“Breakin” is one of the worst, but most fun movie of the 80s. It’s very much a reverse “Step Up”, but instead of the street boy joining modern dance, it’s the classical dancer gets pulled into the street, with all the poppin, lockin and fat beats you can throw an 80s stick at. The plot is hilariously bad, but you’re only here for one thing, to watch the dancing. I hate to say it, but I enjoy these competitive dance movies as much as I enjoy my martial arts movies, and much for the same reason. The human body is capable of incredible things with the proper discipline and I love watching dancers and martial arts manipulate their bodies into doing some incredible feats.
“Breakin” is famous for several reasons. The first being that it was the forerunner for all of those 80s dance movies to come like “Beat Street” and the like, but also for introducing the world to Jean Claude Van Damme. Yes, he’s only in it for a minute, but if you’ve ever even BEEN on the internet you’ve seen THIS
DO NOT OPEN... DO NOT CLICK THIS BUTTON! >>>>>
The film is gleefully bad, with a paper thin plot and bad acting, but its loads of fun with all of sorts of bad 80s street jive lingo to keep you giggling for hours. Not to mention 80s street clothing that would make any self-respecting person cry with agony, especially Ozone’s outfits, which prove why half-shirts for men are something that NO ONE should ever wear.
[img]http://www.hometheatershack.com/gallery/file.php?n=43274[/img]Breakin' 2: Electric Boogaloo :3.5stars:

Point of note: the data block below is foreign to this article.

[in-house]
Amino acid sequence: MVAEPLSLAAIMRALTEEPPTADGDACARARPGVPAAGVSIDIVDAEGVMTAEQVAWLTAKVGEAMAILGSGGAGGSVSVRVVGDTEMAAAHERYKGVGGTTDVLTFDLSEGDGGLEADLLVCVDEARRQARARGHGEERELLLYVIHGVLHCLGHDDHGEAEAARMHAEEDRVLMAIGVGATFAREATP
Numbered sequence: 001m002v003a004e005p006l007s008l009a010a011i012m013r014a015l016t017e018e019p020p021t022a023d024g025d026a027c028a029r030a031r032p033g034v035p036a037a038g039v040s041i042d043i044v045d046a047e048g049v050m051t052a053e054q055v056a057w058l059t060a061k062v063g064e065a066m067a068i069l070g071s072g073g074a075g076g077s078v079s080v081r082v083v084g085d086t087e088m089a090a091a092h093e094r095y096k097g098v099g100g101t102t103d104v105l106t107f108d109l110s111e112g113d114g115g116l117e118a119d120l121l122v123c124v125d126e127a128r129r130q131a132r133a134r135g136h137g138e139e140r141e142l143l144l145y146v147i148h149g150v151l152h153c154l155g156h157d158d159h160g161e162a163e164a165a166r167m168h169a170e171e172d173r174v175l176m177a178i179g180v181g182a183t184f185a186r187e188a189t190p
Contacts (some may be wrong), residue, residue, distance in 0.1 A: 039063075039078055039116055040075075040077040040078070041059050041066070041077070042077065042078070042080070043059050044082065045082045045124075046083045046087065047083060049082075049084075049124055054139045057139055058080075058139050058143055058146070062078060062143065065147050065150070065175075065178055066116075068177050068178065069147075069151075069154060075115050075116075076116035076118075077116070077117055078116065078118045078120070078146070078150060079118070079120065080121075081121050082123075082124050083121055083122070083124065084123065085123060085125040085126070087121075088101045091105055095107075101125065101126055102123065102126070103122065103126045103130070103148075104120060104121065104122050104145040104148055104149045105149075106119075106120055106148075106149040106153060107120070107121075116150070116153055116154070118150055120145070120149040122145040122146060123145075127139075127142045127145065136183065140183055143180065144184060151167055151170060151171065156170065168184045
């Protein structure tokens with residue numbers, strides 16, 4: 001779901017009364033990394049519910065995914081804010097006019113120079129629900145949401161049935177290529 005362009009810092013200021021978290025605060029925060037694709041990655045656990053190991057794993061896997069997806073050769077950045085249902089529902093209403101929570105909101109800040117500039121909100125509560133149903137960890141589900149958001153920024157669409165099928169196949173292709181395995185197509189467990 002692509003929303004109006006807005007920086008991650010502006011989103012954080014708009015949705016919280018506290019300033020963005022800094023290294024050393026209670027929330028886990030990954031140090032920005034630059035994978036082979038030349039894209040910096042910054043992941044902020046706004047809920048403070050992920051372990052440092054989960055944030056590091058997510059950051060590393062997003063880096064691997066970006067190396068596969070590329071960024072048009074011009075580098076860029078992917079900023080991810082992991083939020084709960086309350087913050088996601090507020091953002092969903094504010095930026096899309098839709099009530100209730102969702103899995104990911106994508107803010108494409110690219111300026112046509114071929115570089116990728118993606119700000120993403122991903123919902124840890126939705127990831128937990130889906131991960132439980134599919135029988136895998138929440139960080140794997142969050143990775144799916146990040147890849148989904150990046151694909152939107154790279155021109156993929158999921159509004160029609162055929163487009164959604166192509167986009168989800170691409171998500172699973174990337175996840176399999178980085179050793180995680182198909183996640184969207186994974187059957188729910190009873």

“Breakin’ 2: Electric Boogaloo” was rushed out the VERY SAME YEAR as the original due to the success of the first film, and pretty much picks up where the other left off. Kelly has been making a name for her in the professional dancing community, but has decided to take a break for a while and come back home to have a breather. Her rich parents are on her back to give up dancing and go to Princeton, but Kelly is having none of it. Now together with Ozone as a couple, she decides to give her long distance boyfriend a ring and finds out that Ozone and Turbo have been working at the local community center. The center is filled with dancing kids, and happy teenagers who just want a way to get off the street, but it seems that a rich philanthropist is trying to have the building torn down and a shopping mall built in its stead. Now the center has to raise $200,000 in a month in order to save the old building, or else the mustache twirling villain will have his way and destroy it.